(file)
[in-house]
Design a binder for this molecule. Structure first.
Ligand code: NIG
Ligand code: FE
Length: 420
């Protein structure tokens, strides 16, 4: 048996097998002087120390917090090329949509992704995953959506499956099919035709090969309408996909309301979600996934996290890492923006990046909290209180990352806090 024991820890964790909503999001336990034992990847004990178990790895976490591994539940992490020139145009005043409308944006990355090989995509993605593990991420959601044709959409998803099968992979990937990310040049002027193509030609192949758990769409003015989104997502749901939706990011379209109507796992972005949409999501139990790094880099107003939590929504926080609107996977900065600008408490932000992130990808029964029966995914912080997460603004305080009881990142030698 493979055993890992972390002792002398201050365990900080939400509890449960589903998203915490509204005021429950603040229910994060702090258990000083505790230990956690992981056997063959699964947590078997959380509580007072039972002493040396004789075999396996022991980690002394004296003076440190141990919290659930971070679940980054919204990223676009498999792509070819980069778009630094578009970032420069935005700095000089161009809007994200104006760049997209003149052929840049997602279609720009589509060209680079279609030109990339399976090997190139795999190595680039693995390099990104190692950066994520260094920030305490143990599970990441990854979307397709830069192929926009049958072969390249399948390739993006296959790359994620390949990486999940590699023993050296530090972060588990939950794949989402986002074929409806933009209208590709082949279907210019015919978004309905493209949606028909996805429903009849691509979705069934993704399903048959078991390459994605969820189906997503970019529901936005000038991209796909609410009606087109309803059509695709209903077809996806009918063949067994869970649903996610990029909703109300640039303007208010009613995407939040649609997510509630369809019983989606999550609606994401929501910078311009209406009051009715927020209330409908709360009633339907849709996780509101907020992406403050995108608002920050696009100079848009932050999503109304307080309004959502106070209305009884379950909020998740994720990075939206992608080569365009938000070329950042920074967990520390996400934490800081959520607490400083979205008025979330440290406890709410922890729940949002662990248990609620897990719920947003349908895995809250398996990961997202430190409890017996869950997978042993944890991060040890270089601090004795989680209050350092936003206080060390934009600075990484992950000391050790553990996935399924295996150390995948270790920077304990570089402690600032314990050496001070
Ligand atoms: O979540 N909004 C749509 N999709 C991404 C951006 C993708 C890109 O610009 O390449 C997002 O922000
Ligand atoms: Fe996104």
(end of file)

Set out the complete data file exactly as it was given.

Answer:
[in-house]
Design a binder for this molecule. Structure first.
Ligand code: NIG
Ligand code: FE
Length: 420
């Protein structure tokens, strides 16, 4: 048996097998002087120390917090090329949509992704995953959506499956099919035709090969309408996909309301979600996934996290890492923006990046909290209180990352806090 024991820890964790909503999001336990034992990847004990178990790895976490591994539940992490020139145009005043409308944006990355090989995509993605593990991420959601044709959409998803099968992979990937990310040049002027193509030609192949758990769409003015989104997502749901939706990011379209109507796992972005949409999501139990790094880099107003939590929504926080609107996977900065600008408490932000992130990808029964029966995914912080997460603004305080009881990142030698 493979055993890992972390002792002398201050365990900080939400509890449960589903998203915490509204005021429950603040229910994060702090258990000083505790230990956690992981056997063959699964947590078997959380509580007072039972002493040396004789075999396996022991980690002394004296003076440190141990919290659930971070679940980054919204990223676009498999792509070819980069778009630094578009970032420069935005700095000089161009809007994200104006760049997209003149052929840049997602279609720009589509060209680079279609030109990339399976090997190139795999190595680039693995390099990104190692950066994520260094920030305490143990599970990441990854979307397709830069192929926009049958072969390249399948390739993006296959790359994620390949990486999940590699023993050296530090972060588990939950794949989402986002074929409806933009209208590709082949279907210019015919978004309905493209949606028909996805429903009849691509979705069934993704399903048959078991390459994605969820189906997503970019529901936005000038991209796909609410009606087109309803059509695709209903077809996806009918063949067994869970649903996610990029909703109300640039303007208010009613995407939040649609997510509630369809019983989606999550609606994401929501910078311009209406009051009715927020209330409908709360009633339907849709996780509101907020992406403050995108608002920050696009100079848009932050999503109304307080309004959502106070209305009884379950909020998740994720990075939206992608080569365009938000070329950042920074967990520390996400934490800081959520607490400083979205008025979330440290406890709410922890729940949002662990248990609620897990719920947003349908895995809250398996990961997202430190409890017996869950997978042993944890991060040890270089601090004795989680209050350092936003206080060390934009600075990484992950000391050790553990996935399924295996150390995948270790920077304990570089402690600032314990050496001070
Ligand atoms: O979540 N909004 C749509 N999709 C991404 C951006 C993708 C890109 O610009 O390449 C997002 O922000
Ligand atoms: Fe996104």